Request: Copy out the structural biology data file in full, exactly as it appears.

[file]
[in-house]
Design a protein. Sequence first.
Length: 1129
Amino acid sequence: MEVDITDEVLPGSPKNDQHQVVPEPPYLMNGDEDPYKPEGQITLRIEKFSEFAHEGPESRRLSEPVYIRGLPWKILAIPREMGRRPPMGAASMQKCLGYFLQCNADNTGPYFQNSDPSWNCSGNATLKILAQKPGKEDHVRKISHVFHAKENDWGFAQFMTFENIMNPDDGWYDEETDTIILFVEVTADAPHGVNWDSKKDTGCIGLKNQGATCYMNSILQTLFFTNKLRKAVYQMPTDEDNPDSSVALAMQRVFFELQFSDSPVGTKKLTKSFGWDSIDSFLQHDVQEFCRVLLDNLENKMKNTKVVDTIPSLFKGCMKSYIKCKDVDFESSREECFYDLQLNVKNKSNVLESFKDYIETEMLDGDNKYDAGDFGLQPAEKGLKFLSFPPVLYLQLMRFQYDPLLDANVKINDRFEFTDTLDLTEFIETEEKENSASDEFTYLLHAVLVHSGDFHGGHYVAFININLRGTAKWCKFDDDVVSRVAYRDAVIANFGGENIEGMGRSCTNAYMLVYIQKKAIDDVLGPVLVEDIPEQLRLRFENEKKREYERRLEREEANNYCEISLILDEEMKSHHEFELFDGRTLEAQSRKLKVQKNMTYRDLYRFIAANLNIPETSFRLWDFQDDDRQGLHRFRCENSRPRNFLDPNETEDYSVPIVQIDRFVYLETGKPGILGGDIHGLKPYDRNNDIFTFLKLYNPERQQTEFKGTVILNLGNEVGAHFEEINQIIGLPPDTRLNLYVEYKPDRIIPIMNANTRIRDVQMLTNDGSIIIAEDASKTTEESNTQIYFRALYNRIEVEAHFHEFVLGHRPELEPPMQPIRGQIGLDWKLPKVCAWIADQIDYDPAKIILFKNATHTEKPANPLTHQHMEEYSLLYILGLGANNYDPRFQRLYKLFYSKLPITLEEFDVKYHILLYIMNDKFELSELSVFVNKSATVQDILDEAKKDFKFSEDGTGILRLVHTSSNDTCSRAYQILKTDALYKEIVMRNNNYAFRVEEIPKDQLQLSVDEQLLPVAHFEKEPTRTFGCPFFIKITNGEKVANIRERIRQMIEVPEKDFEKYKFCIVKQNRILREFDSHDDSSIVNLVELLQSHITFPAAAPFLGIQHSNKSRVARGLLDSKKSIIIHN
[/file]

[in-house]
Design a protein. Sequence first.
Length: 1129
Amino acid sequence: MEVDITDEVLPGSPKNDQHQVVPEPPYLMNGDEDPYKPEGQITLRIEKFSEFAHEGPESRRLSEPVYIRGLPWKILAIPREMGRRPPMGAASMQKCLGYFLQCNADNTGPYFQNSDPSWNCSGNATLKILAQKPGKEDHVRKISHVFHAKENDWGFAQFMTFENIMNPDDGWYDEETDTIILFVEVTADAPHGVNWDSKKDTGCIGLKNQGATCYMNSILQTLFFTNKLRKAVYQMPTDEDNPDSSVALAMQRVFFELQFSDSPVGTKKLTKSFGWDSIDSFLQHDVQEFCRVLLDNLENKMKNTKVVDTIPSLFKGCMKSYIKCKDVDFESSREECFYDLQLNVKNKSNVLESFKDYIETEMLDGDNKYDAGDFGLQPAEKGLKFLSFPPVLYLQLMRFQYDPLLDANVKINDRFEFTDTLDLTEFIETEEKENSASDEFTYLLHAVLVHSGDFHGGHYVAFININLRGTAKWCKFDDDVVSRVAYRDAVIANFGGENIEGMGRSCTNAYMLVYIQKKAIDDVLGPVLVEDIPEQLRLRFENEKKREYERRLEREEANNYCEISLILDEEMKSHHEFELFDGRTLEAQSRKLKVQKNMTYRDLYRFIAANLNIPETSFRLWDFQDDDRQGLHRFRCENSRPRNFLDPNETEDYSVPIVQIDRFVYLETGKPGILGGDIHGLKPYDRNNDIFTFLKLYNPERQQTEFKGTVILNLGNEVGAHFEEINQIIGLPPDTRLNLYVEYKPDRIIPIMNANTRIRDVQMLTNDGSIIIAEDASKTTEESNTQIYFRALYNRIEVEAHFHEFVLGHRPELEPPMQPIRGQIGLDWKLPKVCAWIADQIDYDPAKIILFKNATHTEKPANPLTHQHMEEYSLLYILGLGANNYDPRFQRLYKLFYSKLPITLEEFDVKYHILLYIMNDKFELSELSVFVNKSATVQDILDEAKKDFKFSEDGTGILRLVHTSSNDTCSRAYQILKTDALYKEIVMRNNNYAFRVEEIPKDQLQLSVDEQLLPVAHFEKEPTRTFGCPFFIKITNGEKVANIRERIRQMIEVPEKDFEKYKFCIVKQNRILREFDSHDDSSIVNLVELLQSHITFPAAAPFLGIQHSNKSRVARGLLDSKKSIIIHN